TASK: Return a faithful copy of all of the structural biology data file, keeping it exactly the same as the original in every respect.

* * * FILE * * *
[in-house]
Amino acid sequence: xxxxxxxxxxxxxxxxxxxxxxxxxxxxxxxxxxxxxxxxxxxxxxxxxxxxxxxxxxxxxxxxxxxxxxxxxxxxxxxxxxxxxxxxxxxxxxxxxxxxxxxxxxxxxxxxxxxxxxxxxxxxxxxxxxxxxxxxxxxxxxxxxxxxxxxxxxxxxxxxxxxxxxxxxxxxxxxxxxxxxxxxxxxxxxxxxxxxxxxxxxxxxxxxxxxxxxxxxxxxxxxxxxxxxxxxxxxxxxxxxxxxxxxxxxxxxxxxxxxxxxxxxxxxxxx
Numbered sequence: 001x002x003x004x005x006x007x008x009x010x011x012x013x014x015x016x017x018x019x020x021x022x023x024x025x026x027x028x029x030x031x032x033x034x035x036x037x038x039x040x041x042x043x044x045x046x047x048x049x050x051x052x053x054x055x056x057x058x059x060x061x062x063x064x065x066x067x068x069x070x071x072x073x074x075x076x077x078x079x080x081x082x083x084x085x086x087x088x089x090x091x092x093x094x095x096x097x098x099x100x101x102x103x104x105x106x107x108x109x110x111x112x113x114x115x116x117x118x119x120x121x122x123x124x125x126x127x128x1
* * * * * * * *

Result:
[in-house]
Amino acid sequence: xxxxxxxxxxxxxxxxxxxxxxxxxxxxxxxxxxxxxxxxxxxxxxxxxxxxxxxxxxxxxxxxxxxxxxxxxxxxxxxxxxxxxxxxxxxxxxxxxxxxxxxxxxxxxxxxxxxxxxxxxxxxxxxxxxxxxxxxxxxxxxxxxxxxxxxxxxxxxxxxxxxxxxxxxxxxxxxxxxxxxxxxxxxxxxxxxxxxxxxxxxxxxxxxxxxxxxxxxxxxxxxxxxxxxxxxxxxxxxxxxxxxxxxxxxxxxxxxxxxxxxxxxxxxxxx
Numbered sequence: 001x002x003x004x005x006x007x008x009x010x011x012x013x014x015x016x017x018x019x020x021x022x023x024x025x026x027x028x029x030x031x032x033x034x035x036x037x038x039x040x041x042x043x044x045x046x047x048x049x050x051x052x053x054x055x056x057x058x059x060x061x062x063x064x065x066x067x068x069x070x071x072x073x074x075x076x077x078x079x080x081x082x083x084x085x086x087x088x089x090x091x092x093x094x095x096x097x098x099x100x101x102x103x104x105x106x107x108x109x110x111x112x113x114x115x116x117x118x119x120x121x122x123x124x125x126x127x128x1